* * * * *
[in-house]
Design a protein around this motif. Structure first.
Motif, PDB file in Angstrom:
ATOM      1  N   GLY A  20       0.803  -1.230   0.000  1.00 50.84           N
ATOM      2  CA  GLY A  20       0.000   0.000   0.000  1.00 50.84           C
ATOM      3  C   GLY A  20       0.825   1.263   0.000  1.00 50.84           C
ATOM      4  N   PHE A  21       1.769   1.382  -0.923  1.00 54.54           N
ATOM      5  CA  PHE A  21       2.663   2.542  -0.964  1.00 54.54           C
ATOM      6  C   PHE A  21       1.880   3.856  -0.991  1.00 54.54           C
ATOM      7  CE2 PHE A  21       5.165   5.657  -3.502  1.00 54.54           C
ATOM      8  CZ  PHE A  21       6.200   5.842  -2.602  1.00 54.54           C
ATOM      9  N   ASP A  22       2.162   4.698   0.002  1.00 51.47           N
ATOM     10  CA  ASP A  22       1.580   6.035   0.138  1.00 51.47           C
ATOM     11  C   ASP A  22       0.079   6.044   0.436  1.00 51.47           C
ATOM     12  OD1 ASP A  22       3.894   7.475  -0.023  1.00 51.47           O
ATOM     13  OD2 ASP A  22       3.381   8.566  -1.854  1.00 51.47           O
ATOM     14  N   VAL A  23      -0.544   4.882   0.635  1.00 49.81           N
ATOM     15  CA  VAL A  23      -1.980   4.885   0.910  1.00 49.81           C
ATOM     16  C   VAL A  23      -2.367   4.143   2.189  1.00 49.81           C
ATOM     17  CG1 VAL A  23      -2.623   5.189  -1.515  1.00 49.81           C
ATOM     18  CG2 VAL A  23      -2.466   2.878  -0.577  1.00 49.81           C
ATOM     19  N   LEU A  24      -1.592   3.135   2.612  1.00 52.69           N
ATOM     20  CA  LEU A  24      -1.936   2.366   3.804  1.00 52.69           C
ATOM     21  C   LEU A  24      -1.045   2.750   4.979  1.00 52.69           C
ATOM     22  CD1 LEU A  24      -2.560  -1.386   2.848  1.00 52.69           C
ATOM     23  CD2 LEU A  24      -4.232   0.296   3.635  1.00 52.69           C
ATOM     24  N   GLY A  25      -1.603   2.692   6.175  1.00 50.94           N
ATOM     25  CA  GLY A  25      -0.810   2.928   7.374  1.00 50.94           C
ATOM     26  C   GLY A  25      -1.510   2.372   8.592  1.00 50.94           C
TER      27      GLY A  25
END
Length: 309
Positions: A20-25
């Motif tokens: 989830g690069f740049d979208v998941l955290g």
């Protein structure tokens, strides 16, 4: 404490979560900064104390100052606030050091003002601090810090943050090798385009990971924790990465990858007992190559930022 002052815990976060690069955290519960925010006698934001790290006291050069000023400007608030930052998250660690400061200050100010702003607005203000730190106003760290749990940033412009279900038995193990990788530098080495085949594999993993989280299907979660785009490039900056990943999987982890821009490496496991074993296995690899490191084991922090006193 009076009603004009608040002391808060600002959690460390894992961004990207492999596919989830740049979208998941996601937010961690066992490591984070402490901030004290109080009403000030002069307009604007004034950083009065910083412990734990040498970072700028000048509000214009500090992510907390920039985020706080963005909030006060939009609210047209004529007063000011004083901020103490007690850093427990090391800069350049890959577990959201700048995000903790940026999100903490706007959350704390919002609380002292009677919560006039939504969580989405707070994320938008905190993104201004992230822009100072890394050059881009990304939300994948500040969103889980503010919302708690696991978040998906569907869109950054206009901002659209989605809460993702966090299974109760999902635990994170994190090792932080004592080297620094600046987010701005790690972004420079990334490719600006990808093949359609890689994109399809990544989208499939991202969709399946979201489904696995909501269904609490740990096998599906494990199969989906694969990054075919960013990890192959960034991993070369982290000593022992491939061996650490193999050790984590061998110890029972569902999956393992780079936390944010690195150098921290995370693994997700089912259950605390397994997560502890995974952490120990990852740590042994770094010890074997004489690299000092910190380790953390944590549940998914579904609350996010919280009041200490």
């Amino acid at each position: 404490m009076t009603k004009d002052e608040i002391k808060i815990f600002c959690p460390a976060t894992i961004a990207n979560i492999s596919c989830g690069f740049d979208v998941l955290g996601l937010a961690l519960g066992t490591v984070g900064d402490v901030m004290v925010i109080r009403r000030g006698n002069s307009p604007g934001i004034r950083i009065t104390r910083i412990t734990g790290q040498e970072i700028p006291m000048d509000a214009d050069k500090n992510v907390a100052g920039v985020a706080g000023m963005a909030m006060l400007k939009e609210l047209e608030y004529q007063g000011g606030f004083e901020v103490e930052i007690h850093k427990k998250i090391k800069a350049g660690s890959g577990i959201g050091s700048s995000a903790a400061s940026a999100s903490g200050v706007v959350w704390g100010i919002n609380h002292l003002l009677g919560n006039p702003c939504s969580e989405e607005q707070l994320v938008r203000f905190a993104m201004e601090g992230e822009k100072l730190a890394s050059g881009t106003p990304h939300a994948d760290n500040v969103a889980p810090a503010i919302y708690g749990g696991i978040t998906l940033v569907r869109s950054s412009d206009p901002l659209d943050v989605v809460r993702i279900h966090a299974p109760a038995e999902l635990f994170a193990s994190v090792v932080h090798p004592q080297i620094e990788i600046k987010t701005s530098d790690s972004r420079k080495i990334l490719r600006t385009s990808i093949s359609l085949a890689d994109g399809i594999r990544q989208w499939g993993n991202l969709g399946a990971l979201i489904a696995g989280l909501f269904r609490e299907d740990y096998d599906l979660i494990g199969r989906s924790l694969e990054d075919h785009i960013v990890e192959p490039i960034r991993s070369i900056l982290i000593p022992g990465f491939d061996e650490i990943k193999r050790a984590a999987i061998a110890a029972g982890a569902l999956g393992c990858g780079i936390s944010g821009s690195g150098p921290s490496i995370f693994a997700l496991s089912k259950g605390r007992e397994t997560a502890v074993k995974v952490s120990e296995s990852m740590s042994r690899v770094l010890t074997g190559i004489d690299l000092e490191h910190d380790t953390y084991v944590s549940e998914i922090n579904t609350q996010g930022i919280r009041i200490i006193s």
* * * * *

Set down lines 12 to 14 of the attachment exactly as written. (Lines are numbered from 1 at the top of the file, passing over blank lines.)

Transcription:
ATOM      9  N   ASP A  22       2.162   4.698   0.002  1.00 51.47           N
ATOM     10  CA  ASP A  22       1.580   6.035   0.138  1.00 51.47           C
ATOM     11  C   ASP A  22       0.079   6.044   0.436  1.00 51.47           C